Inequality in incomes and in accumulated material prosperity are the inevitable outcomes of our inalienable right to equality of opportunity, as exercised through our differing endowments of talents, skills, work ethic, and luck.
The well off—including those best off—use their gains from those inequalities in a variety of ways. Some of these ways are purely personal: luxuries and luxuries for their families. Some of those ways also include support for what are often termed, loosely, “the arts,” and other cultural supports and advancements. It is from these, and not from government, for instance, that support for museums of all sorts come, support for many artists originates, support for invention ideation and development begins.
These well off, also, serve as an example and a goad: I can do that. I want that stuff, too. And the efforts to emulate and/or to make oneself able to obtain those material symbols of “I’ve arrived” feed into the ideation/development/support cycle.
Of course this generates a steady supply of those less well off, a steady generation of poor. These folks see the prosperity—they’re not as stupid or as dead-end as Progressives make them out to be with the latters’ drumbeat of offers of welfare and dependency—and they do what they can to go where the success stories are, and then they do their best to achieve those same successes or something like them. In the absence of interference by governments [sic], they almost always succeed, almost always by their children’s generation if not of themselves directly. The Statue of Liberty stands as the quintessential beacon, inviting everyone, but especially inviting those seeking personal and familial betterment.
Our greatness, our exceptionalism, our status as a magnet for the world, though, is jeopardized when government gets in the way of our poor. Reread the preceding paragraphs. The thick cord that runs through them is the idea that our poor want to—and most importantly can—make themselves better off than they were. Our poor are fully capable of moving themselves up the economic ladder, fully capable of stopping being poor and becoming middle class, of leaving the middle class and entering upper classes, ultimately of reaching the top. If they cannot do that for themselves (although some do), they can create the conditions within which their children can (and most do), and those children can—and most do—create the conditions that enable their own children, the grandchildren of our first generation in these paragraphs, to move up still further.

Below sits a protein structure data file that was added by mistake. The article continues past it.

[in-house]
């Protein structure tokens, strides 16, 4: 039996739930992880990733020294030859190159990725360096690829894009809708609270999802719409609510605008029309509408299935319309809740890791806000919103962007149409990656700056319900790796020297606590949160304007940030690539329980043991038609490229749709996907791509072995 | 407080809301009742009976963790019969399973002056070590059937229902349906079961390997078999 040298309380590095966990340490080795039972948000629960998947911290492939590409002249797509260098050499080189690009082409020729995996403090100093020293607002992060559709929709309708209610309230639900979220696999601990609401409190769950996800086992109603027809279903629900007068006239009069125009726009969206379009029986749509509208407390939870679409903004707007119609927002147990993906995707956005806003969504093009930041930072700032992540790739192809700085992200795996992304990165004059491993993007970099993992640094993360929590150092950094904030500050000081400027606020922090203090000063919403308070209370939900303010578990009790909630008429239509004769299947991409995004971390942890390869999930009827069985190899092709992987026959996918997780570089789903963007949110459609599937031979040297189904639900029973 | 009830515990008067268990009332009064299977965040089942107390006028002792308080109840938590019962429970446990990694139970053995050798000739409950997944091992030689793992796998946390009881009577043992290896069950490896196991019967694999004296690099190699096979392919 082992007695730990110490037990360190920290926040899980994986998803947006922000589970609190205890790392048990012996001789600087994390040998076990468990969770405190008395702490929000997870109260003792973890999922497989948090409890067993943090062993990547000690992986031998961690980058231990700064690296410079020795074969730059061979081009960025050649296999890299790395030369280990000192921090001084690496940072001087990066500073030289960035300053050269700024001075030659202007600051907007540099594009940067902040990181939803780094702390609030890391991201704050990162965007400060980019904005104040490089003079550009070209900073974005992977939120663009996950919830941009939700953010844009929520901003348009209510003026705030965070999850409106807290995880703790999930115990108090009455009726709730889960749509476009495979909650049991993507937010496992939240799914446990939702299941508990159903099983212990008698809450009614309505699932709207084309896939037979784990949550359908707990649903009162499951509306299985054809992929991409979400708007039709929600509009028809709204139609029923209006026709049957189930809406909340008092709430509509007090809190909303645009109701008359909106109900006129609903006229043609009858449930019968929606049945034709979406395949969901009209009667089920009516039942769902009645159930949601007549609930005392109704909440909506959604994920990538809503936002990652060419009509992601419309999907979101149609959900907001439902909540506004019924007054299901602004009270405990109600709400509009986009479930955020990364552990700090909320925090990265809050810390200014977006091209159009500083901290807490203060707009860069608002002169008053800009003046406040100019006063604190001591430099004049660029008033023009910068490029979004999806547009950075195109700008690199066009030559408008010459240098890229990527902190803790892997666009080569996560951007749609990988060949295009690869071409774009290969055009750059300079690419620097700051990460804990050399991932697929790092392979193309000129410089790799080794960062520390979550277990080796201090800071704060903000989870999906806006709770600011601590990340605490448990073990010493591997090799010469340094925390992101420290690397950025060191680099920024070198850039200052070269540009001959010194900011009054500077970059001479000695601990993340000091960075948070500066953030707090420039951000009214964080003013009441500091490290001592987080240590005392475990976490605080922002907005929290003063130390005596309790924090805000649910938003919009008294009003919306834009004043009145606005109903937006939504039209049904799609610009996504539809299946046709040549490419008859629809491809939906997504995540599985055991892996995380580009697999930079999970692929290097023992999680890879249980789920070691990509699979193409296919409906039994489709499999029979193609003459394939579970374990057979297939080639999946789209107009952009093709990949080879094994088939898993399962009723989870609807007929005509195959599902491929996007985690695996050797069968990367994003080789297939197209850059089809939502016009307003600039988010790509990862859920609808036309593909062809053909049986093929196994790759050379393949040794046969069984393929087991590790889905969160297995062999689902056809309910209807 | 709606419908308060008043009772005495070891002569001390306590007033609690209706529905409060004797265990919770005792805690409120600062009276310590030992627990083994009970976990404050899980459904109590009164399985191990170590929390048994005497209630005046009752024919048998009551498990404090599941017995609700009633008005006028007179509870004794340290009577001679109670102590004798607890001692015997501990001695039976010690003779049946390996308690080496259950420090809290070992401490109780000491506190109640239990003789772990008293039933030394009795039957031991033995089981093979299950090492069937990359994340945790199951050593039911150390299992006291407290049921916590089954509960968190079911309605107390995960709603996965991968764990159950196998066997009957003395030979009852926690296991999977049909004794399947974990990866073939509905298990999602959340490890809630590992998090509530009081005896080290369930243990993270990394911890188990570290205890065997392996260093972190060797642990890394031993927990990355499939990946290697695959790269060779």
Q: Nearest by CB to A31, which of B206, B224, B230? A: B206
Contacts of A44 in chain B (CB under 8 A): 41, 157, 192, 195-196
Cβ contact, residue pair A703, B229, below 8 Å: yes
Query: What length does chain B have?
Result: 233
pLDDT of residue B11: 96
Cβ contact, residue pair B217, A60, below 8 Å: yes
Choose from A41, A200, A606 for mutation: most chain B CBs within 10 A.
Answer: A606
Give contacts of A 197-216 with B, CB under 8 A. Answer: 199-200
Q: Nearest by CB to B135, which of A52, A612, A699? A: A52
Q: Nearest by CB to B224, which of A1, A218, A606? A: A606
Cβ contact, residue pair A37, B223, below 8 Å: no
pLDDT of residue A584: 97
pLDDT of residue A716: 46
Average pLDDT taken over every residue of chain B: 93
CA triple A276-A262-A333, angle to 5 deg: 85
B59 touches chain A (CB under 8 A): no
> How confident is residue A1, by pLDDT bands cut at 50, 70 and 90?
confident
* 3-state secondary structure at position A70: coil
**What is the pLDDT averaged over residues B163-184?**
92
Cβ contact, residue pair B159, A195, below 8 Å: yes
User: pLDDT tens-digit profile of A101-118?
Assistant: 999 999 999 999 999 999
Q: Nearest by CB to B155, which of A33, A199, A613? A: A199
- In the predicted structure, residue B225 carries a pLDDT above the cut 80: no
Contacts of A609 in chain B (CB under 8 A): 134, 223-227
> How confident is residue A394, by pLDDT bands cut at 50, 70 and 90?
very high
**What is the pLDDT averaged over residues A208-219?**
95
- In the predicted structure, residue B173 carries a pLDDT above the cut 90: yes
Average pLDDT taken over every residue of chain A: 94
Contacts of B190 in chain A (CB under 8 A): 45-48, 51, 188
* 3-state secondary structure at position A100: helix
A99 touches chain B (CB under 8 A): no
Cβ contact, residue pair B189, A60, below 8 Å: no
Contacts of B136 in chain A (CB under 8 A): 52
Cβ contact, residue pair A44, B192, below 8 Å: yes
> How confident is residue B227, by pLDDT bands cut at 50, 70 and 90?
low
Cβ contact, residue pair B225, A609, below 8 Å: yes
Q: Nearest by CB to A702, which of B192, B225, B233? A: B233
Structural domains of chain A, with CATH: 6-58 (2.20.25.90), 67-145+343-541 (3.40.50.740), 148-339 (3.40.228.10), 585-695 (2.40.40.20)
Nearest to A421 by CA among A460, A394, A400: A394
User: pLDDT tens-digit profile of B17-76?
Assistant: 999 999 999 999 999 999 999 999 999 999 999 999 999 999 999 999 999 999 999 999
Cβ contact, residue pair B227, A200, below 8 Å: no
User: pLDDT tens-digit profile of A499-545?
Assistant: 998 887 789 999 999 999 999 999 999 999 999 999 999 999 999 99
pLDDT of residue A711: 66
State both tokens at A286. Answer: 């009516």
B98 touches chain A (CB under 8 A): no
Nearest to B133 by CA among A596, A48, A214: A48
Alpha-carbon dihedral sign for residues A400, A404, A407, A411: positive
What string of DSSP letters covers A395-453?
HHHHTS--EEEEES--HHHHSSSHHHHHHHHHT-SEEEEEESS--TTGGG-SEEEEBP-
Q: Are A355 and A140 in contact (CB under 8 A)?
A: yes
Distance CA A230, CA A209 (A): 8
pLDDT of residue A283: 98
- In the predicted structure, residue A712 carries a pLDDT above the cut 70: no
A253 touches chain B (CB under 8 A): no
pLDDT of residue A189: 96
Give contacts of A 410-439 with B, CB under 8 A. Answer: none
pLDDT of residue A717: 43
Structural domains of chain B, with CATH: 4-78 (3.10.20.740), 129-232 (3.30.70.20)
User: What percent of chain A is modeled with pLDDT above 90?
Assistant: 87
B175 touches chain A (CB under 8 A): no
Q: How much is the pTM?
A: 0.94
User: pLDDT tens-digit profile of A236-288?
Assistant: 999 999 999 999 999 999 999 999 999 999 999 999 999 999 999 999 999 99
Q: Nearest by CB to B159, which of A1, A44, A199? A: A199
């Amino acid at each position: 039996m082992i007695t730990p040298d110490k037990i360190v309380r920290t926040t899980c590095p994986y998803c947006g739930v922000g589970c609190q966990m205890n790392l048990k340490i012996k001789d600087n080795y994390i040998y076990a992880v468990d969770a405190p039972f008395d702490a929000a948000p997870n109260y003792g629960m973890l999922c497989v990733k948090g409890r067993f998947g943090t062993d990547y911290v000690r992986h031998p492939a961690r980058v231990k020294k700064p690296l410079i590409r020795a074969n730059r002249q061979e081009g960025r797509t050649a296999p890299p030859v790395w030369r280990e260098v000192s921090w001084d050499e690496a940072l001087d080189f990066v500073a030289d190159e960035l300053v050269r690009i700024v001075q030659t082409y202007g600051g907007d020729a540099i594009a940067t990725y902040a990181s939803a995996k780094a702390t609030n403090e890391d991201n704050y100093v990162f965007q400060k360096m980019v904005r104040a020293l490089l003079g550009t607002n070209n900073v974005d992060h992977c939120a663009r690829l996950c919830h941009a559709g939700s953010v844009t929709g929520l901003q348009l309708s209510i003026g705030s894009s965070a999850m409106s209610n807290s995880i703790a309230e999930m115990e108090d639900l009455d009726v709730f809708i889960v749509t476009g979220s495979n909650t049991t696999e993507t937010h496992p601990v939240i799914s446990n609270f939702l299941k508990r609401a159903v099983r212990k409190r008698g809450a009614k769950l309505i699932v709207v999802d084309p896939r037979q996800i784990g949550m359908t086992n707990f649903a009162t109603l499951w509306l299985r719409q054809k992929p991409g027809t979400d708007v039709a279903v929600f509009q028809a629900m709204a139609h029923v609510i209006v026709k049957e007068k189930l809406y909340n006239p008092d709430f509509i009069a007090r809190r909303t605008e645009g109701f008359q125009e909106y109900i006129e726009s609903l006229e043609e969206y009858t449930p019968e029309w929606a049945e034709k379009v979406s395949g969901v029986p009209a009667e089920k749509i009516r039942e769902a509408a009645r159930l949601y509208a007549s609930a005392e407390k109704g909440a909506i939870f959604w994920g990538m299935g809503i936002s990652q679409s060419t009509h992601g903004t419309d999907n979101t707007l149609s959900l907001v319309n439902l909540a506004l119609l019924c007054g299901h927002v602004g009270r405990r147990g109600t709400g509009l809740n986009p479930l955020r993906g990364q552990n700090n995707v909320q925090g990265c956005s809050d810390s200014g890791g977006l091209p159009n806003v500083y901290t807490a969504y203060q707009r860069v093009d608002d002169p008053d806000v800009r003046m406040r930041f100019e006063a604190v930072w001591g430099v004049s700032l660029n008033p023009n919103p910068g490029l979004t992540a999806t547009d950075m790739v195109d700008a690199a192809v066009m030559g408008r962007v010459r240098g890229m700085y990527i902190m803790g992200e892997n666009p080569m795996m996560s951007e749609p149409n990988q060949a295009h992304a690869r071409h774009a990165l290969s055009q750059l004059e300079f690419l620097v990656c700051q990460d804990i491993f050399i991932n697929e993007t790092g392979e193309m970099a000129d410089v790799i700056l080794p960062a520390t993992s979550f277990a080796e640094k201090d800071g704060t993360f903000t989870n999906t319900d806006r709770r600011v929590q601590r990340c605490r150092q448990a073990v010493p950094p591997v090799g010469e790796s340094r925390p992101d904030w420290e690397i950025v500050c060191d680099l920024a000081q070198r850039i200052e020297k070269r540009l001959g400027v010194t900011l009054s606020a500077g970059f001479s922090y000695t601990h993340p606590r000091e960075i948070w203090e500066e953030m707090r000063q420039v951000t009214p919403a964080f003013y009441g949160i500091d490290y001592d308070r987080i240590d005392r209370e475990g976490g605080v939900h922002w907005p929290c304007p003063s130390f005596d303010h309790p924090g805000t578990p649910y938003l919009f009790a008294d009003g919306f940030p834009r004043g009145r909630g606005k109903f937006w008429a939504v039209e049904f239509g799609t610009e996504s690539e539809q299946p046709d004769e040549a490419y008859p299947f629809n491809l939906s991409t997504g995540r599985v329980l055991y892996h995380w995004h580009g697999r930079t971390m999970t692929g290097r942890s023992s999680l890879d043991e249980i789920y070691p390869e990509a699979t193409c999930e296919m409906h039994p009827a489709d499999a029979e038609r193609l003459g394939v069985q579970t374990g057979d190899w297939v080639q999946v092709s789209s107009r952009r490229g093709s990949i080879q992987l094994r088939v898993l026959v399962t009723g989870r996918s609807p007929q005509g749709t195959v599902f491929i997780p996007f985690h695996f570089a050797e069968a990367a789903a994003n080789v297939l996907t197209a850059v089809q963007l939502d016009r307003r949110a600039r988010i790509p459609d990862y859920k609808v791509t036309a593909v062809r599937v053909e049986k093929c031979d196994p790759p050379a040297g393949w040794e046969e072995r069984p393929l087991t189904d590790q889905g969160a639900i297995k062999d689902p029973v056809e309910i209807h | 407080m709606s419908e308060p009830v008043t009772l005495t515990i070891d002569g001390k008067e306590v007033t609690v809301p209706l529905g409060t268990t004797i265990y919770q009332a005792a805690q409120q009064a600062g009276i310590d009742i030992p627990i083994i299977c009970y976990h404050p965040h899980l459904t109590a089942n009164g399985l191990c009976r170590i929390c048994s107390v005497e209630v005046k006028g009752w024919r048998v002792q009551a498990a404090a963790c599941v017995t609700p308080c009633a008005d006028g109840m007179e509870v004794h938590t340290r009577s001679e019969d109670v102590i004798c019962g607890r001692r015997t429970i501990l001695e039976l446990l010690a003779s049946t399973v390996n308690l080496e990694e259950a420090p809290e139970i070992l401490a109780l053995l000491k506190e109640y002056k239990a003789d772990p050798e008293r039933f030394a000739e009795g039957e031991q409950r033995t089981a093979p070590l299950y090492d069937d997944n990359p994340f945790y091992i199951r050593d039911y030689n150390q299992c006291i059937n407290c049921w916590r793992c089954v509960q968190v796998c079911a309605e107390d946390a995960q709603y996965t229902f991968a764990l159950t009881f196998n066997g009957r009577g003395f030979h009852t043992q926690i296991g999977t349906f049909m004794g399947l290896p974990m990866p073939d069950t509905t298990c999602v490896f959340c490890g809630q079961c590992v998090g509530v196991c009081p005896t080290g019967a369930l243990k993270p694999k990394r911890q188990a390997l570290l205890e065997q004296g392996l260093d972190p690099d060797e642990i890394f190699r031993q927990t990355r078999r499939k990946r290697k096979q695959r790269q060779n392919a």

But to do that, government must stay out of their way, or, today, get out of their way.
And so we’re back to income inequality. That inequality is what provides the motivation. And—hated concept of the Left—it trickles down from the top, too. As I alluded above, it’s the rich that provide the market for new things, for luxuries. These become desired by the middle class and poor and so while increased demand props up prices, increased production—and growing competition to produce in order to get some of that new market—outstrips demand, and prices fall—and the middle class and poor ultimately can afford what was exclusively the goodies of the rich. See air conditioning in houses, power steering and brakes in cars, televisions, telephones, and pocket computers that also run phone apps, and so on.
If, however, being successful is punished through government-mandated wealth redistribution, rather than that “redistribution” being the outcome of individual choices in a free market (where wealth is redistributed, simultaneously, in both directions, by every voluntary exchange leaving each participant in possession of things he wanted but did not have before the exchange) and individual choices in the means and objects of satisfying individual Judeo-Christian duties to help those less well off, then two things occur: the heretofore successful cease working so hard to be successful, and so the high end of wealth steadily lowers, except for those few who can find adequate favor from government. And the poor cease striving to better their own and their family’s lots, satisfying themselves with government handouts from other’s wealth; and so, from that dependence on those handouts, the low end of wealth also steadily lowers, and each one’s absolute “share” also steadily dwindles in size as the wealth from which those “shares” are confiscated steadily shrinks.
And that destroys both the capacity and the impetus for upward mobility.
The final outcome is a more subtle and general impoverishment, both materially and morally—the latter is especially insidious, as it is the moral that gives strength to the capacity for increasing the prosperity of all. The well-off lose their moral sense of helping others, both from malaise, as government confiscates their output, and from a surrender of their moral responsibility to that government, expecting instead that it will satisfy the imperative instead of them. The poor lose their capacity for responsibility for their own betterment, and so the drive to better themselves and their families in ways that best suit them, through their acceptance of their status as dependents of government.